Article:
Chun pulls out all the stops, but powerful acts of kindness can be unplanned and fleeting as well, such as leaving an unexpectedly large tip to a server or simply asking how our barista’s morning has been. So many of us, plagued by the stresses of everyday life, rush through our days disconnected from the people we encounter. The I’ll Be There Project teaches the value of being the person who stops to have a chat with the doorman, the commuters on the subway, or someone you’re sharing an elevator with. These small gestures will send forth a jolt of positive energy, creating a chain reaction that will alter the lives of strangers.
After meeting with Chun, I became inspired to practice simple acts of kindness during my daily routine, such as buying the groceries of the person behind me in the checkout line at the supermarket, sending “you are appreciated” postcards to neglected loved ones, carrying an extra umbrella for someone who forgot theirs, and bringing homemade treats for my coworkers to ease the stress of the workplace. I found that after performing these actions –which took very little time and energy–I was met with a blissful, natural high. Reversely, when an act of kindness was performed on me, I felt the same rush of positivity and was immediately inclined to pass it forward.
It’s a tense time in America. Our politicians seem inauthentic, their views often disturbing, their motives questionable. Yet adversity has brought like-minded people together. It is tempting to feel powerless as an individual, but the I’ll Be There Project teaches us that opportunities to create change are within reach in everyday situations. Collectively and independently, we do indeed have power.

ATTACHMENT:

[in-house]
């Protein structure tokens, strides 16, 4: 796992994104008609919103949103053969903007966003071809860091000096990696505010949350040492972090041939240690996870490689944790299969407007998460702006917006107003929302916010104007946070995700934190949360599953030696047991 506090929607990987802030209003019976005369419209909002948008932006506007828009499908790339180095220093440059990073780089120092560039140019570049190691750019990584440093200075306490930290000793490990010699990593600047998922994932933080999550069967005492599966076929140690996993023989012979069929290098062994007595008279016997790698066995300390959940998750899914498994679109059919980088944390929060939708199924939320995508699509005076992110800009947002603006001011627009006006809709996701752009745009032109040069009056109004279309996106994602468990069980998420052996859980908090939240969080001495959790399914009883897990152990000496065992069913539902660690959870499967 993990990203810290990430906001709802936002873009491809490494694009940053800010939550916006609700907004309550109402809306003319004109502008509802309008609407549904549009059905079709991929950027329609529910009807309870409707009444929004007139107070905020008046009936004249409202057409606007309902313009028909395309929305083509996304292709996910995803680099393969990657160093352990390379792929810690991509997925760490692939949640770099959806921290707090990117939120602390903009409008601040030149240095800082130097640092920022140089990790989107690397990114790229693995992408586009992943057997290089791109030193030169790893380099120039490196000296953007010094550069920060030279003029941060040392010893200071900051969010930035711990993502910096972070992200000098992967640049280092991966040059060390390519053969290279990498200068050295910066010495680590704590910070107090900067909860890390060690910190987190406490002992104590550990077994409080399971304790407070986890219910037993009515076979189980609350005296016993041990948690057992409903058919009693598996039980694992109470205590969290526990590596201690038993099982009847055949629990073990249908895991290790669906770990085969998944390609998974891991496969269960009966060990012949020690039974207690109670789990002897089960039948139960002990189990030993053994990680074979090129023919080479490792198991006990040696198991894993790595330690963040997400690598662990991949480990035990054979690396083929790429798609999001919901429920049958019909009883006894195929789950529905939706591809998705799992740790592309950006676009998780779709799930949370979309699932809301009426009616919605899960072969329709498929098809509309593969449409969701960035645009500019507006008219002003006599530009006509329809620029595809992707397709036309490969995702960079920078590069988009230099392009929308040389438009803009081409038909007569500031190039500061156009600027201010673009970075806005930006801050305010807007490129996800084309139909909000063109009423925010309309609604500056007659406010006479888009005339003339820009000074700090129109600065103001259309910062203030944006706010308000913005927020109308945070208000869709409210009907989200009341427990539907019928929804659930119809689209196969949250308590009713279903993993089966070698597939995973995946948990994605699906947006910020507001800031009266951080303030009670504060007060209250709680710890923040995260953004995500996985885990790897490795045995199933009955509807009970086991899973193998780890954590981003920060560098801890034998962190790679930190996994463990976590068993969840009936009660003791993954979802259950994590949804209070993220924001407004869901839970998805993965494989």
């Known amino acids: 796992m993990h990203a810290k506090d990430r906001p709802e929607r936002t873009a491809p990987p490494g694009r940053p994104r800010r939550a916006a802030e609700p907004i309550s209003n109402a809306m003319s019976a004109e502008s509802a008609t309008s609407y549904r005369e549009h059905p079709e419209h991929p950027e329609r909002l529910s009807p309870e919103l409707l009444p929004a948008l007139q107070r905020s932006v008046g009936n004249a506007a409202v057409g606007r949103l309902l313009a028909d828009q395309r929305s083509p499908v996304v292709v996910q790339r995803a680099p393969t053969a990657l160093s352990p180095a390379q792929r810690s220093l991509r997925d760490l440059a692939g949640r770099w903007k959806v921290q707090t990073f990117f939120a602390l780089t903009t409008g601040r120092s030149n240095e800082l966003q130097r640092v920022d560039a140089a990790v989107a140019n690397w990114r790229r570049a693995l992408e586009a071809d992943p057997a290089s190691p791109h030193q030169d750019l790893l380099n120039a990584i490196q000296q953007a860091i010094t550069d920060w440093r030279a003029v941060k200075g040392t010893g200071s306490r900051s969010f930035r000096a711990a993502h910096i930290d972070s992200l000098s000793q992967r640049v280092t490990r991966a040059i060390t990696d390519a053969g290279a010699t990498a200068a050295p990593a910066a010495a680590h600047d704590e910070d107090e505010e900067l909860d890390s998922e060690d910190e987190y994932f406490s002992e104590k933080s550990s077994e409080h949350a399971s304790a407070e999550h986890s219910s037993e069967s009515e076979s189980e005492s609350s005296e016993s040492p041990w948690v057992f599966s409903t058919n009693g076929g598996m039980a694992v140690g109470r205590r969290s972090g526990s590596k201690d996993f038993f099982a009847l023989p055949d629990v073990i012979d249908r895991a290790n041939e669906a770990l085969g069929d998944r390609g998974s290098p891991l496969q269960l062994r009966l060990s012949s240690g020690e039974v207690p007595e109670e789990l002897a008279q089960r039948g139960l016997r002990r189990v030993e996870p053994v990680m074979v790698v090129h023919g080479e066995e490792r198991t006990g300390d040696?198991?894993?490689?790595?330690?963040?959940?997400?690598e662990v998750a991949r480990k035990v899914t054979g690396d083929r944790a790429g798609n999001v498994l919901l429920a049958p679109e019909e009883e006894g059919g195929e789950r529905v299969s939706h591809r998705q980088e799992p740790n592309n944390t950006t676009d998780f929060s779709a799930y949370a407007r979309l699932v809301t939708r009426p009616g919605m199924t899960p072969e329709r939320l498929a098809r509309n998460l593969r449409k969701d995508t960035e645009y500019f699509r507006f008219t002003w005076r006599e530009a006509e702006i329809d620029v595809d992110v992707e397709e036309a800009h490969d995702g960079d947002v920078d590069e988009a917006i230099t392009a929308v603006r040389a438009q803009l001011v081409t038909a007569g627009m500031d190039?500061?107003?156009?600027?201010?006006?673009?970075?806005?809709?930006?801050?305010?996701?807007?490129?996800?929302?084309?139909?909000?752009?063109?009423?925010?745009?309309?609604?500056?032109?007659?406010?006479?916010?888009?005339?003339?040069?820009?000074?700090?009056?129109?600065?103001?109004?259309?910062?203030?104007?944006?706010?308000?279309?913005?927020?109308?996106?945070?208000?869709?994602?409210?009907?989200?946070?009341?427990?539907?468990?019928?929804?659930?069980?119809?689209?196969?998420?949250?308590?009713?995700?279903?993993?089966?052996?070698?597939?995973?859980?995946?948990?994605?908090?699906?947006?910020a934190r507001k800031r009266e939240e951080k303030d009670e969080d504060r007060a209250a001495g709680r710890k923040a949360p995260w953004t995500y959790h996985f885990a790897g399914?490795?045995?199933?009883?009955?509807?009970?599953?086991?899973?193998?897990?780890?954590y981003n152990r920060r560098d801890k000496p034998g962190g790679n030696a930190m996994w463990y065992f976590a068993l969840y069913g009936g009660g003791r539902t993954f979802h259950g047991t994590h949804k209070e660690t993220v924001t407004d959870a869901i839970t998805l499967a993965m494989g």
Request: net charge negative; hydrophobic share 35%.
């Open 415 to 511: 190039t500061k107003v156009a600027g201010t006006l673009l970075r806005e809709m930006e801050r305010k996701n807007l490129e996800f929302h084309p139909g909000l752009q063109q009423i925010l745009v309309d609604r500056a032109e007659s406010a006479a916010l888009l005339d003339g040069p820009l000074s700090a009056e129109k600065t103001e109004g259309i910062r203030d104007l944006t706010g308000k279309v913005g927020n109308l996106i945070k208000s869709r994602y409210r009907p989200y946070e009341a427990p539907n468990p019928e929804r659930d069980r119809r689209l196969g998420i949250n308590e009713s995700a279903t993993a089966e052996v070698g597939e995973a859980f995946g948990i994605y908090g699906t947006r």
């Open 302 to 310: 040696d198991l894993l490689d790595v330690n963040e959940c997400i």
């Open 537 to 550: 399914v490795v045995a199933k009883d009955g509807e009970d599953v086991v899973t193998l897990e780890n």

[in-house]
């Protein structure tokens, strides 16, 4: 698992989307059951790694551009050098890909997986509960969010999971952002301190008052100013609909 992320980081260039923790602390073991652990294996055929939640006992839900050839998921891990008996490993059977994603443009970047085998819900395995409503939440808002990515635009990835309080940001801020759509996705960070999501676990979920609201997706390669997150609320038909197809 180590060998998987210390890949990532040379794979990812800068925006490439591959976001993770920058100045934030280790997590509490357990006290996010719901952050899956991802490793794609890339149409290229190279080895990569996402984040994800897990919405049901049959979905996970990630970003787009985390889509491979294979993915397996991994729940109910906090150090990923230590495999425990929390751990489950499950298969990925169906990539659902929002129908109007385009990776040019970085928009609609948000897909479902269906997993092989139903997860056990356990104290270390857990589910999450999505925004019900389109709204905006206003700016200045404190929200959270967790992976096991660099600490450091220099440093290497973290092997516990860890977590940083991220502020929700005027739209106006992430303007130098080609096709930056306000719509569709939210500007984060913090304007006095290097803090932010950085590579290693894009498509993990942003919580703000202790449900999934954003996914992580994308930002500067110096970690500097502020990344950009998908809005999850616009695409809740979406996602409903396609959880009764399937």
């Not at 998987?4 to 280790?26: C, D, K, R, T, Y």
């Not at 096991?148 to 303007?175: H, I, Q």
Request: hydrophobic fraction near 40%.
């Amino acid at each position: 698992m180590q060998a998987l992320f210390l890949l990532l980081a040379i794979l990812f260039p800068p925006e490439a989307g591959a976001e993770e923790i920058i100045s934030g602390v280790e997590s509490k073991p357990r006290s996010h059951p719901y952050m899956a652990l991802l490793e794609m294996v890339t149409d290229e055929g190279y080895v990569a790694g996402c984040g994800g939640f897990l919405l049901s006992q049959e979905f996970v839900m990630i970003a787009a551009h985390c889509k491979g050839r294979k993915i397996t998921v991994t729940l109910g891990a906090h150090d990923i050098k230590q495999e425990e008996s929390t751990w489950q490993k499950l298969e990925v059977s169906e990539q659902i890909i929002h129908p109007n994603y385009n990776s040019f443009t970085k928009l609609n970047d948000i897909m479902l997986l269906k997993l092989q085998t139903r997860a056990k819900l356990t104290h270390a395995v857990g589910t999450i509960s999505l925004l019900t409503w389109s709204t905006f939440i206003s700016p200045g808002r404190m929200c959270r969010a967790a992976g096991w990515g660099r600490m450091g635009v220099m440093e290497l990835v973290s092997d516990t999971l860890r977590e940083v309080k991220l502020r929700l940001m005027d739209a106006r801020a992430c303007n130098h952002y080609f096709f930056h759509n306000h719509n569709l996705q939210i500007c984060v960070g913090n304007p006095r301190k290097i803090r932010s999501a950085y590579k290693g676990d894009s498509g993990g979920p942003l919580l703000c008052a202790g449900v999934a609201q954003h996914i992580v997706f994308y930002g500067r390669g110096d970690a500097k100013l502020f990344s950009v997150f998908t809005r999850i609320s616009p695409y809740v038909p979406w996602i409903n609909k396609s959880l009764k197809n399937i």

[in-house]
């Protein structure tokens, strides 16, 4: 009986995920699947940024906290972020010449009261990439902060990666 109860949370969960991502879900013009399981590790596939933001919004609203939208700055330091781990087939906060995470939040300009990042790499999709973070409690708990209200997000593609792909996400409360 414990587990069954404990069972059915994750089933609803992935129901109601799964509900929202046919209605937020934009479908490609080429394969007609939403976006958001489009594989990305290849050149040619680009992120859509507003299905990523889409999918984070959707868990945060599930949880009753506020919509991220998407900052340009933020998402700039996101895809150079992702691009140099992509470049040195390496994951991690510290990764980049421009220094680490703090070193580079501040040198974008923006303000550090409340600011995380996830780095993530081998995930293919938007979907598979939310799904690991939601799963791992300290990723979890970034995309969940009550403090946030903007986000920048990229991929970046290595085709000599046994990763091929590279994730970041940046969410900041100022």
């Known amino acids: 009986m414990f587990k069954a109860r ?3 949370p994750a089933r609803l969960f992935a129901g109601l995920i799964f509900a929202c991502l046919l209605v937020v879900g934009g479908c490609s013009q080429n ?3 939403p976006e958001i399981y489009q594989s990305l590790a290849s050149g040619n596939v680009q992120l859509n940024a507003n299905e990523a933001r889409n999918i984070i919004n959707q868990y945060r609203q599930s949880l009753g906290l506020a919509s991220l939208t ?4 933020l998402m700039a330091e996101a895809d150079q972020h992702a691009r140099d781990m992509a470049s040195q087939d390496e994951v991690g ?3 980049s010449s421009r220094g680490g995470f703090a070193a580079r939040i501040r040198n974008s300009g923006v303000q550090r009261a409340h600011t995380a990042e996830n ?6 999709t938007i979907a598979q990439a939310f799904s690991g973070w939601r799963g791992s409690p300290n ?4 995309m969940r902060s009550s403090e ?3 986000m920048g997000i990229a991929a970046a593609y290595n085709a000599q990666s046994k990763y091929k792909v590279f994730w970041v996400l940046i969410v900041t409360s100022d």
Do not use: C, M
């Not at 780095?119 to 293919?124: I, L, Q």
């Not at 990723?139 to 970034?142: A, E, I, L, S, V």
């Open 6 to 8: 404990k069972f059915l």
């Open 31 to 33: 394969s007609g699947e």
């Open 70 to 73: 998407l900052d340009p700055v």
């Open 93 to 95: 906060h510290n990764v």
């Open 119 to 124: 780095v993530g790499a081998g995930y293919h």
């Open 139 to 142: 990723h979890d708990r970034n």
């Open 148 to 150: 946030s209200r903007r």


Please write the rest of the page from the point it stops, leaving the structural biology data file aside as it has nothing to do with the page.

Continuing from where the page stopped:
In the darkest hours of the Harry Potter epic, the Hogwarts students united against their oppressors, calling themselves “Dumbledore’s Army.” Anyone could join, so long as they believed in the power of good. I like to think of the I’ll Be There Project practitioners as a realized Dumbledore’s Army and that in the end, as the last line of the series states, all will indeed be “well”. The first step toward a peaceful world is an easy one—take advantage of your individual power and be a catalyst for change. It takes only one small gesture.
Chun encourages people to post their acts of kindness on social media using the hashtag #illbethereproject and then challenge three friends do to the same. The hope is that the acts of kindness will inspire others and create a movement that will combat the negativity we encounter on a daily basis.
I’ll Be There Project is currently the activist in residence for Red Flag.org. We have partnered up to inspire activism through daily acts of kindness. Join us by taking on the challenge to pay it forward.
To learn more about the author, Nicole Monforton, visit her bio
To learn more about “I’ll Be There Project” visit founder Chun Rosenkranz’s bio